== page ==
Edible toothpaste made for sick dad sent to space station

An edible waterless toothpaste created by a businessman for his gravely ill father was sent to the International Space Station (ISS) this month, fulfilling a longtime dream of the inventor.

Daisuke Teshima, chairman of biotech company Trife Inc., based in Yokohama’s Naka district, began developing Oralpeace after his father was diagnosed with terminal cancer and had diarrhea from accidentally swallowing a drug agent. prescribed for a candidiasis fungal infection in his mouth.

Oralpeace is made from ume fruit extracts and other natural ingredients. Free from chemical compositions, the product can be swallowed without adverse health effects, Teshima said.

The Japan Aerospace Exploration Agency (JAXA) chose Oralpeace for use by astronaut Koichi Wakata, who headed to the ISS on October 6, primarily for its waterless quality.

Teshima said his father tried a sample of the space-age product before he died 10 years ago.

“I dreamed of the day when my idea will be used in space, so I’m happy the dream is coming true,” Teshima said. “My father left me a message: Spread your wings all over the world.”

Tubes and other lines of Oralpeace are presented in December 2020 in the Naka district of Yokohama. (Takeshi Suezaki)

WATER SHORTAGE

After his father swallowed medicinal agentTeshima created the safe-to-swallow toothpaste with help from parties such as Kyushu University.

Teshima then discovered that his invention could help astronauts manage the limited amount of water in space.

The product takes advantage of an antimicrobial material derived from lactic acid bacteria, so it can be used as a toothpaste. In addition, the product can keep the oral cavity moist when applied inside the mouth.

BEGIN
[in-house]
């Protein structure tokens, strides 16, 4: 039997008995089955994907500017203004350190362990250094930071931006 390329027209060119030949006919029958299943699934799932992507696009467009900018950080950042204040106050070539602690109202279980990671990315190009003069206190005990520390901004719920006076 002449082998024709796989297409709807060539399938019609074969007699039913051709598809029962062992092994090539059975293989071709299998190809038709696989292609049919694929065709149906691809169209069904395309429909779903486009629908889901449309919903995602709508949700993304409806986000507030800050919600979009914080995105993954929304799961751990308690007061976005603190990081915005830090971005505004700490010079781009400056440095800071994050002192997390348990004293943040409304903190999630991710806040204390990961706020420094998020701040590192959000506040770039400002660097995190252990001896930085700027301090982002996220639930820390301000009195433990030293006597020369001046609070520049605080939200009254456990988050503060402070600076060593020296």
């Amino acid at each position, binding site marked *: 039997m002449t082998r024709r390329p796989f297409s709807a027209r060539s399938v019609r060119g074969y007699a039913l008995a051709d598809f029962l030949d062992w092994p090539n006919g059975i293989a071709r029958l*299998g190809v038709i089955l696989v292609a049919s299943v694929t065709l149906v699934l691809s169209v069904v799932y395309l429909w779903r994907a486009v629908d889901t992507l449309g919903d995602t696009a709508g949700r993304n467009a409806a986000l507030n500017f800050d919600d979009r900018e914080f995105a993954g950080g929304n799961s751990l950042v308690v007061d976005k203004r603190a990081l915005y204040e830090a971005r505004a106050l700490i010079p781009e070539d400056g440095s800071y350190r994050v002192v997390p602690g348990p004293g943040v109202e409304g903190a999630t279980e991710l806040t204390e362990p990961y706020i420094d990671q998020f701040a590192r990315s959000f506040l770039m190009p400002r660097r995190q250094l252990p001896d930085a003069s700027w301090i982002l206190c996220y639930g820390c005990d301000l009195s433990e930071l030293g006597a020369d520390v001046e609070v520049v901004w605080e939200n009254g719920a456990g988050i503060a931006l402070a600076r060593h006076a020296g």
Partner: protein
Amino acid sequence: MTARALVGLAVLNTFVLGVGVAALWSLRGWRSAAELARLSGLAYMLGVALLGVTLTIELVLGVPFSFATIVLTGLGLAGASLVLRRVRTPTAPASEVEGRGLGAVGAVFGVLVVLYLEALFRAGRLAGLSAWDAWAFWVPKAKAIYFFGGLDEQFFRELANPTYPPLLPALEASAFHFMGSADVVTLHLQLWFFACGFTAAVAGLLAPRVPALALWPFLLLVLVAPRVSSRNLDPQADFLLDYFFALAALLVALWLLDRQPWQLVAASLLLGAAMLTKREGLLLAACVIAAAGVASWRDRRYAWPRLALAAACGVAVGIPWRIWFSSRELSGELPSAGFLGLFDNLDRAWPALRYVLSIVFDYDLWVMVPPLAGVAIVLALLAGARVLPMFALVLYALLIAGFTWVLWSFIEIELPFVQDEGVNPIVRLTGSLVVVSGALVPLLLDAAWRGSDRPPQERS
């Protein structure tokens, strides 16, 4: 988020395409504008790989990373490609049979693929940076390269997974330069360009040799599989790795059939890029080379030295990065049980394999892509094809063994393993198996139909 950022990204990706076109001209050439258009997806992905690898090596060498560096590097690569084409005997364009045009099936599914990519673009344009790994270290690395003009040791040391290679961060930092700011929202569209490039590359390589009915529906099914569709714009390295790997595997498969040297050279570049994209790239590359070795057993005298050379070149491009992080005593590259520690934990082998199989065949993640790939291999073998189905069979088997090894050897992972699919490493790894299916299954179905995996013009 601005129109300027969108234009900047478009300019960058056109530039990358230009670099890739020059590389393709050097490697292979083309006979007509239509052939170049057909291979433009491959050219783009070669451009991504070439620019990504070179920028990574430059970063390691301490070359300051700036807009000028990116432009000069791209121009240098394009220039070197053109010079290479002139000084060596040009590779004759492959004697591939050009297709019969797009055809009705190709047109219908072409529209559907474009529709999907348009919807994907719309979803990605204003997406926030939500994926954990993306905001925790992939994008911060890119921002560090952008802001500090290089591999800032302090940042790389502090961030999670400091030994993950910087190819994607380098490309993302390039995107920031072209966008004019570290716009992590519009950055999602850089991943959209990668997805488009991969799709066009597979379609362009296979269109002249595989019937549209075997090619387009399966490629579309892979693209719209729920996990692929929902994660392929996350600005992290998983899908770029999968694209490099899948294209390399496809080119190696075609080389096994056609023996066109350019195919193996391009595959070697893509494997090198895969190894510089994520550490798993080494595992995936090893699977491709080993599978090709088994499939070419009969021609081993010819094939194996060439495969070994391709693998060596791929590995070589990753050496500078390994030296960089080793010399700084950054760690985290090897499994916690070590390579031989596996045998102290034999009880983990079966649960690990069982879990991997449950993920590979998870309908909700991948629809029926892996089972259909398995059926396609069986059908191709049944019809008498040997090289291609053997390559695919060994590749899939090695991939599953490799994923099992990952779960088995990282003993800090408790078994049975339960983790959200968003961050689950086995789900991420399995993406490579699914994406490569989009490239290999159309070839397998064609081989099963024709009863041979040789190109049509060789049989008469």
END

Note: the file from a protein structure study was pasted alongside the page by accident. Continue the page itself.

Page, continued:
Teshima pitched the Oralpeace concept to a JAXA campaign that solicited possible solutions to problems related to space visits.

Water is so scarce outside Earth that astronauts have to severely ration liquid when brushing their teeth and washing their hair, according to JAXA, adding that bringing water to space is extremely expensive. dear.

Oralpeace was selected from 94 applicants for use on the ISS. His selection was made public in the fall of 2021.

Oralpeace and eight other products were launched to the ISS this month.

Teshima also plans to sell the product in a more lucrative market than the ISS.

“I will expand our sales network in the US market on a large scale,” he said.

COOPERATION WITH PERSONS WITH DISABILITIES

Other people are eager to see Oralpeace tested in space.

A spray version of the product is manufactured and packaged at Aozora Sorashi-do’s factory in Agano, Niigata Prefecture. The facility helps people with disabilities find employment.

Oralpeace’s tube is normally made in a factory in Yokohama. But Teshima, who has a disabled child, asked Aozora Sorashi-do to package the Oralpeace tubes destined for space.

“We all have strengths and weaknesses, but we work together to finish the products,” said Shun Yoshizawa, 23, who participated in the project. “I’m happy (JAXA chose Oralpeace). I want a wide range of people to discover Oralpeace.

Other workers also expressed their gratitude.

Tatsuma Abe called the decision to send Oralpeace to the ISS “great”, while Towa Yokono said he “can’t hide my joy”.

Teshima said it was part of his effort to “create a path for people with disabilities to live.”

“Many people with disabilities can now find jobs, but only a limited number are able to work in mainstream businesses,” he said.

“A realistic solution is to offer special job offers to those who find it difficult to work in ordinary businesses but who still wish to engage in commercial activities. This way they can work while traveling to care facilities,” he added.

Teshima said his vision is reflected in the Oralpeace program.

“From now on, we will shape our future together with people with disabilities and their families around the world,” he said.

Wakata is expected to stay on the ISS for about six months.

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